Austria and the Indecision for the Gas Embargo

PeopleOther ♦ Published: May 3, 2022; 20:41 ♦ (Vindobona)

The war in Ukraine has been raging for two months. To stop Russia, a great many countries have imposed tough sanctions on Russia. Many European countries and the U.S.A. want to impose a gas embargo on Russia. Austria is still very cautious about this step.

Austria is still very cautious about imposing a gas embargo. / Picture: © Gazprom

To counter Russia's aggression against its neighbor Ukraine, many countries have imposed tough sanctions on Russia. These sanctions are doing enormous damage to the Russian economy and thus to Russia's war effort. Many European countries and the U.S. want to impose a gas embargo on Russia. Austria is still very reluctant when it comes to the gas embargo.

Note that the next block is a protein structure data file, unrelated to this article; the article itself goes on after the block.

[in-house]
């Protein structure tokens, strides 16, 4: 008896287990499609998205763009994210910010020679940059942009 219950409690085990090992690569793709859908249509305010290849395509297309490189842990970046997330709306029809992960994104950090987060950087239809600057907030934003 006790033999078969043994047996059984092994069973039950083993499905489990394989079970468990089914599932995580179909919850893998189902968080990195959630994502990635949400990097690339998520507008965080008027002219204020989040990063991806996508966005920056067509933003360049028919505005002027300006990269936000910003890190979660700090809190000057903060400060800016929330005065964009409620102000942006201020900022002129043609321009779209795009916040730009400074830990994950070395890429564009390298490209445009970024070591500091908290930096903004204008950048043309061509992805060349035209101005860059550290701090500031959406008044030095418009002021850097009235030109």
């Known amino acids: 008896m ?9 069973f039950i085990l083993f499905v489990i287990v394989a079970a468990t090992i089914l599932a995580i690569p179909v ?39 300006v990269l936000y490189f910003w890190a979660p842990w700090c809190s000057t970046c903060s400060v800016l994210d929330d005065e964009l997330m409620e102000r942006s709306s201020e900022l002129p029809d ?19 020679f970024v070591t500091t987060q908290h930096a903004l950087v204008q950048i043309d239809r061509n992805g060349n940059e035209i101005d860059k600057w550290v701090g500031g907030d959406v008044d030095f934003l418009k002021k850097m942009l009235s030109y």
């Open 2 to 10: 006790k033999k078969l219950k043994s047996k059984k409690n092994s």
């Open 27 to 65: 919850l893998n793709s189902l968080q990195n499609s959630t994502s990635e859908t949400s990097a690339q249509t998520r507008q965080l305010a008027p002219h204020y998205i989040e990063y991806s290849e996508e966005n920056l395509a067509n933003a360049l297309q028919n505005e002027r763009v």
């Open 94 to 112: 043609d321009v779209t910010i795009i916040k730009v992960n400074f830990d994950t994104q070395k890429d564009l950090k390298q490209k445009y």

In Austria itself, politicians are undecided. Many political representatives and representatives of business, industry and politics are not yet in agreement about the gas embargo.

EU Commission circles indicated that an Oil embargo is coming. The EU member states had discussed the sixth round of sanctions against Russia due to its aggression against Ukraine.

Germany and Austria now want to join in this Oil embargo. "Austria is prepared to consistently support an oil embargo," assured Austria's energy minister, Leonore Gewessler from the Austrian Green party.

In Austria, for example, 7.8 percent of imported crude oil comes from Russia. Most of the 7.6 million tons that Austria imports annually come from Kazakhstan and Libya. In addition, the partly state-owned energy company OMV, which also has a gas supply contract with Gazprom, recently announced that it has imported virtually no oil from Russia since the start of the war.

But many fear that this Oil embargo will be the first step to a Gas embargo.

After Russia cut off gas to its previous major customers in Poland and Bulgaria, the nervousness in the business and political communities of Austria and especially Salzburg has increased significantly.

Austrian government in favor of oil embargo